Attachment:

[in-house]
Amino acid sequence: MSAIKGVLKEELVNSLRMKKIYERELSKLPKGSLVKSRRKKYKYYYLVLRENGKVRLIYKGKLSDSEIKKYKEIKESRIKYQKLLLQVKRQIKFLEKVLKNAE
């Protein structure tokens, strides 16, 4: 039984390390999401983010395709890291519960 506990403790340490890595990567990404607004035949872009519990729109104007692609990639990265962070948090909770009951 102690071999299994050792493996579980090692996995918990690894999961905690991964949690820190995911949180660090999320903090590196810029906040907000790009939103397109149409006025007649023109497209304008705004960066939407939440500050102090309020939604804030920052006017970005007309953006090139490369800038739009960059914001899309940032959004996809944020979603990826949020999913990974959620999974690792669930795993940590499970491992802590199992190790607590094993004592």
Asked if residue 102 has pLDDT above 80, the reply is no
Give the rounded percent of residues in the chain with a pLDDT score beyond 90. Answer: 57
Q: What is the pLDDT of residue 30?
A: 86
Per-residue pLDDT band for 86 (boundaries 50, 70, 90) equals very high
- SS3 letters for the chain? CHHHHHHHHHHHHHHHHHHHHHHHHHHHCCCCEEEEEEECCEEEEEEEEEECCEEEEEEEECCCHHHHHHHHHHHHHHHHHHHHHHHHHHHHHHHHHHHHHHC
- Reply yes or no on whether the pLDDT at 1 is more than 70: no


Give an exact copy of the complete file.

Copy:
[in-house]
Amino acid sequence: MSAIKGVLKEELVNSLRMKKIYERELSKLPKGSLVKSRRKKYKYYYLVLRENGKVRLIYKGKLSDSEIKKYKEIKESRIKYQKLLLQVKRQIKFLEKVLKNAE
């Protein structure tokens, strides 16, 4: 039984390390999401983010395709890291519960 506990403790340490890595990567990404607004035949872009519990729109104007692609990639990265962070948090909770009951 102690071999299994050792493996579980090692996995918990690894999961905690991964949690820190995911949180660090999320903090590196810029906040907000790009939103397109149409006025007649023109497209304008705004960066939407939440500050102090309020939604804030920052006017970005007309953006090139490369800038739009960059914001899309940032959004996809944020979603990826949020999913990974959620999974690792669930795993940590499970491992802590199992190790607590094993004592």
Asked if residue 102 has pLDDT above 80, the reply is no
Give the rounded percent of residues in the chain with a pLDDT score beyond 90. Answer: 57
Q: What is the pLDDT of residue 30?
A: 86
Per-residue pLDDT band for 86 (boundaries 50, 70, 90) equals very high
- SS3 letters for the chain? CHHHHHHHHHHHHHHHHHHHHHHHHHHHCCCCEEEEEEECCEEEEEEEEEECCEEEEEEEECCCHHHHHHHHHHHHHHHHHHHHHHHHHHHHHHHHHHHHHHC
- Reply yes or no on whether the pLDDT at 1 is more than 70: no